England regretted key player absences but also lack of quality as the Republic of Ireland earned a deserved point at Wembley Stadium.
England were left with more questions than answers after being held to a 1-1 friendly draw by the Republic of Ireland at Wembley Stadium on Wednesday in the neighbouring countries’ first meeting in 18 years.
Frank Lampard quickly cancelled out Shane Long’s early opener for the visitors, and the lack of further goals meant the score between the sides finished 1-1 for the fourth game in succession.
England largely controlled the second half, but manager Roy Hodgson, who saw Daniel Sturridge go off injured, will hope for a more enterprising display in his side’s next assignment.
England travel to Rio de Janeiro later this week, ahead of a glamour friendly with 2014 World Cup hosts Brazil on Sunday that will mark the re-opening of the iconic Maracana stadium.
“I was very pleased with the second-half performance,” said Hodgson, who revealed that Sturridge would miss the trip to Brazil.
“We had sufficient dominance and goal chances to win the game, but we must give credit to the Irish goalkeeper.
“I can’t complain about anything we did today. They scored a good goal, but it was the only time they looked like scoring.”
Giovanni Trapattoni’s Ireland, meanwhile, host Georgia in a friendly on Sunday, before an important World Cup qualifier with the Faroe Islands on June 7.
“I think in 90 minutes, the result is right. Also, England in the second half had more possession,” said the Italian.
“But we already knew the great personality that England have. They are one of the three or four strongest countries in football.”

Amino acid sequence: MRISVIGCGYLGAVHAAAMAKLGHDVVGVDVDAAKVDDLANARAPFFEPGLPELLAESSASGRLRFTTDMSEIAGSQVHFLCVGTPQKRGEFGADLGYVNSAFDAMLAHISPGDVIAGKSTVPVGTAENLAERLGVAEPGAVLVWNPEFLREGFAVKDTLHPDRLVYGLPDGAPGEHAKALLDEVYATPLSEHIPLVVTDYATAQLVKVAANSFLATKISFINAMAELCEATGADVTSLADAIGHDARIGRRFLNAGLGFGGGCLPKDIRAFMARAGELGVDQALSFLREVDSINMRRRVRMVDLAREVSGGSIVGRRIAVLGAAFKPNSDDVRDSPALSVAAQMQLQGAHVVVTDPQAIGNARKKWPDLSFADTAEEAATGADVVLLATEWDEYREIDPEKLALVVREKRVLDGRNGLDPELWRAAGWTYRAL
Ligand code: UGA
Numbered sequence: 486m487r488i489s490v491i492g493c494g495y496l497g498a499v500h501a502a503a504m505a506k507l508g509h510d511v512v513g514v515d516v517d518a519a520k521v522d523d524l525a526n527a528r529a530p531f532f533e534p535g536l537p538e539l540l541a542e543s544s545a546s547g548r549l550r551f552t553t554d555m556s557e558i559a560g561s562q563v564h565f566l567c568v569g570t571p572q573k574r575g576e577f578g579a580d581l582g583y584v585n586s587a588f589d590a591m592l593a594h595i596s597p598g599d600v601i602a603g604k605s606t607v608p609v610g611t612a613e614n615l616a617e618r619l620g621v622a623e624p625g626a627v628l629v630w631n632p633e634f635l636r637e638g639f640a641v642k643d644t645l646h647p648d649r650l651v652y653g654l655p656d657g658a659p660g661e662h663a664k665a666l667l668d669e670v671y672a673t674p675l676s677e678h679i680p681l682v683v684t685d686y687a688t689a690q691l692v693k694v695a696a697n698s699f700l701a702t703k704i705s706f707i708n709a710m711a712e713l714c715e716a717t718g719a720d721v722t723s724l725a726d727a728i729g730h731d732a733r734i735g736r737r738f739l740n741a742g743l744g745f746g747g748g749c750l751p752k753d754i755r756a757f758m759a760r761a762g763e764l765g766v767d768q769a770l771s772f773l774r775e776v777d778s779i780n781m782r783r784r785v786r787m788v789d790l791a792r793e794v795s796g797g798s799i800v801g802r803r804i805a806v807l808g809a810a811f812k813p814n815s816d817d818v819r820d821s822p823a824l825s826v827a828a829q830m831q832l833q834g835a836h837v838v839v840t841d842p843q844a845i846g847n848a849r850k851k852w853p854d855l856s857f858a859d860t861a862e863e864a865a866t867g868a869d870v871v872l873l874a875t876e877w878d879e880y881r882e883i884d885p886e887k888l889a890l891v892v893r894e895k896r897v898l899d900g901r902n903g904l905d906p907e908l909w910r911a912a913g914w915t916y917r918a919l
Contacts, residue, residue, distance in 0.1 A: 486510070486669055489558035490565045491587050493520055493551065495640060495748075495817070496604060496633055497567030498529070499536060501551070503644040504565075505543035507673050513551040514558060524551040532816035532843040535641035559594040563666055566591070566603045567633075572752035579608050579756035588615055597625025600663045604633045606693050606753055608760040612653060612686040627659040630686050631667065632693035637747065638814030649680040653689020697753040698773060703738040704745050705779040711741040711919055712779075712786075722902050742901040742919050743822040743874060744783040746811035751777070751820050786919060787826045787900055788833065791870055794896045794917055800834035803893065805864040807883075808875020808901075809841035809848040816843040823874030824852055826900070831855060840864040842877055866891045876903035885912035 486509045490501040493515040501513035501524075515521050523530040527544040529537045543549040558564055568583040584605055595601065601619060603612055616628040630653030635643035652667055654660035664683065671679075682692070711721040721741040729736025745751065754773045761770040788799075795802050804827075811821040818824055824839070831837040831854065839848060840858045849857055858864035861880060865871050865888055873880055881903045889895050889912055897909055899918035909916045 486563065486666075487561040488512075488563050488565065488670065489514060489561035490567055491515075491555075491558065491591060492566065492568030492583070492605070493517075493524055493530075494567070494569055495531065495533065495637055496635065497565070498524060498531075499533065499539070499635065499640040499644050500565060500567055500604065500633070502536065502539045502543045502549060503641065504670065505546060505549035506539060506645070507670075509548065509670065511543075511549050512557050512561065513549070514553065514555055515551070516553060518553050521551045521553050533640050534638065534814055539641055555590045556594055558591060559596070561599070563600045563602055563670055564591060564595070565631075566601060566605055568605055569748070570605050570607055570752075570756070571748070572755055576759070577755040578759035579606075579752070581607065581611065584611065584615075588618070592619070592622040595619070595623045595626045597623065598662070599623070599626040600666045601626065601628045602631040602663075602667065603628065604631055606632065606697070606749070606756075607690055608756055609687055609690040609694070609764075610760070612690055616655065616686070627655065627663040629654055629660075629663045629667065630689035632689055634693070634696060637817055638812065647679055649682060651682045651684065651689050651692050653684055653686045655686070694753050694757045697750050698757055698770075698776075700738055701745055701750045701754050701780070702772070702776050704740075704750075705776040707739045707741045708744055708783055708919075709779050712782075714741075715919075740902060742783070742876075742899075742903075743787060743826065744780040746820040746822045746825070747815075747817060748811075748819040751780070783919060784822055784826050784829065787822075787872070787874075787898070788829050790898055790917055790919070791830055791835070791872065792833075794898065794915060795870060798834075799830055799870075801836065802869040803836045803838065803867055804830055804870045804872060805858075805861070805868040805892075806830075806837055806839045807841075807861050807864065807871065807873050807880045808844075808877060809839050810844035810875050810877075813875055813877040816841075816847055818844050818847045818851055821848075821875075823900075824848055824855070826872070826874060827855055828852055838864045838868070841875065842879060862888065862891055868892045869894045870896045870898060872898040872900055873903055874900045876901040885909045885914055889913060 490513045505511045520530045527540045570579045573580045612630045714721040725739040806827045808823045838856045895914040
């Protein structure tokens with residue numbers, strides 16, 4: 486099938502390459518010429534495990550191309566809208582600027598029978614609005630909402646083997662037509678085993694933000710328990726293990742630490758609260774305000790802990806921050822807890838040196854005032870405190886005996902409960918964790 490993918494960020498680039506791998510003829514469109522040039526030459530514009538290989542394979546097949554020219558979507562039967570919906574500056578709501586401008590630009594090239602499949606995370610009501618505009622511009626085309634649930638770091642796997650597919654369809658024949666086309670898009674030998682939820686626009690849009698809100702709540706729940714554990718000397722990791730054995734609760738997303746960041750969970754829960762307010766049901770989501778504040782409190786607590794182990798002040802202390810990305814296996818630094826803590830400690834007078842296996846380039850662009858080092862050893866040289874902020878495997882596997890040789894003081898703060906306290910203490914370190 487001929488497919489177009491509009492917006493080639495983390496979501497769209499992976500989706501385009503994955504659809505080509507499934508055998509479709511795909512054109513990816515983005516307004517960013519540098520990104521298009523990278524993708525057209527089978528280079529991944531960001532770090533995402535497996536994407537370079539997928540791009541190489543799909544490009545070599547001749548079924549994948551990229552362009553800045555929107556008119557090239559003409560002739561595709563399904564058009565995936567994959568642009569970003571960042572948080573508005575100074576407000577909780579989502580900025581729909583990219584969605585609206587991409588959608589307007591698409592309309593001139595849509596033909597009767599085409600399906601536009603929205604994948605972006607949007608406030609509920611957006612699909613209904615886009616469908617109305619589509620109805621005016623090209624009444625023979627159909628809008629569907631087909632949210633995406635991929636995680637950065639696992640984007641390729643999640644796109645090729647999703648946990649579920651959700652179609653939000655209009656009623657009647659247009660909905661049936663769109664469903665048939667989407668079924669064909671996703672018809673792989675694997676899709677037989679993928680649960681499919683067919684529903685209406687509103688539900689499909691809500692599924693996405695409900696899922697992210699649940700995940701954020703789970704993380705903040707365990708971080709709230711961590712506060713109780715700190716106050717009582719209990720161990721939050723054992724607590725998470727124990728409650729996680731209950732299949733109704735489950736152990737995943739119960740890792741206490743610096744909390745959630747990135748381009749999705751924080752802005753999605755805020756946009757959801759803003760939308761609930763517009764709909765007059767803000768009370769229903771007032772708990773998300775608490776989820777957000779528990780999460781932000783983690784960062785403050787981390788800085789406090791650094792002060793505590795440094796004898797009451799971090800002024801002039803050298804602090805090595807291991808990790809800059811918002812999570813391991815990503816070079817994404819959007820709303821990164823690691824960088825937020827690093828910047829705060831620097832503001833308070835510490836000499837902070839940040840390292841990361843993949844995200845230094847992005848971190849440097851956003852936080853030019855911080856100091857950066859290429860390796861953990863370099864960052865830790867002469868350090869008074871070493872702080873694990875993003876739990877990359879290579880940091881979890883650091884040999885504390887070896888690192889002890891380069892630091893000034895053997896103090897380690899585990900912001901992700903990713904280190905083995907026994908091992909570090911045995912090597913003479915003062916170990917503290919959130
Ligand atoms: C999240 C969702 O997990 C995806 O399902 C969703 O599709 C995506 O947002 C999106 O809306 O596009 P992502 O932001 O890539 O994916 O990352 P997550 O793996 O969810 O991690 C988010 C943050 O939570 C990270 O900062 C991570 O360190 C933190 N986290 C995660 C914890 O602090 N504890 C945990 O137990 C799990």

Pre-game, attention had focused on the potential for crowd trouble, as rioting England fans had caused the last encounter between the sides, in Dublin in 1995, to be abandoned after only 27 minutes.
There were also concerns that Ashley Cole, England’s captain for the night, might have been booed as he was presented with a cap by Hodgson commemorating the 100-game milestone he reached earlier this year.
Neither fear materialised, but matters on the pitch proved rather more problematic for the home side, as Ireland took a 13th-minute lead.
Ireland right-back Seamus Coleman was given space to shape an inviting cross into the penalty area and Long leapt above Glen Johnson to steer a fine header inside the far post.
England lacked a cutting edge, Alex Oxlade-Chamberlain blazing over, but they drew level 10 minutes later through Lampard.
Sturridge whipped a hip-high cross into the box from the left and the Chelsea man contrived to bring it down before flicking the ball past goalkeeper David Forde with his right foot.
It gave Sturridge an assist on his first England start, but the Liverpool striker’s evening did not last much longer as he was stretchered off with an ankle injury. Jermain Defoe took his place.
Hodgson introduced goalkeeper Ben Foster as a half-time substitute, for his first appearance since he reversed his May 2011 decision to withdraw from international football, and England began the second period well.
Coleman had to hook clear a Theo Walcott cross from beneath his own crossbar, while Lampard shot wide from distance and Walcott drew a one-handed save from Forde with a skidding low drive.
At the other end, substitute James McClean bent a free-kick narrowly wide, while Foster had a lucky escape after spilling a high cross under pressure from Long and Jon Walters.
England finished the game strongly and Forde twice kept the hosts at bay, rushing out well to block from Oxlade-Chamberlain in the 83rd minute and then saving from Walcott at his near post moments later.
Cole had created a degree of controversy by refusing to fulfil his pre-match media duties, but he said the experience was something he would “never forget”.
“I had no problems with being captain,” he told ITV. “I don’t always like talking to the press, but I’ve lived a little boy’s dream today.”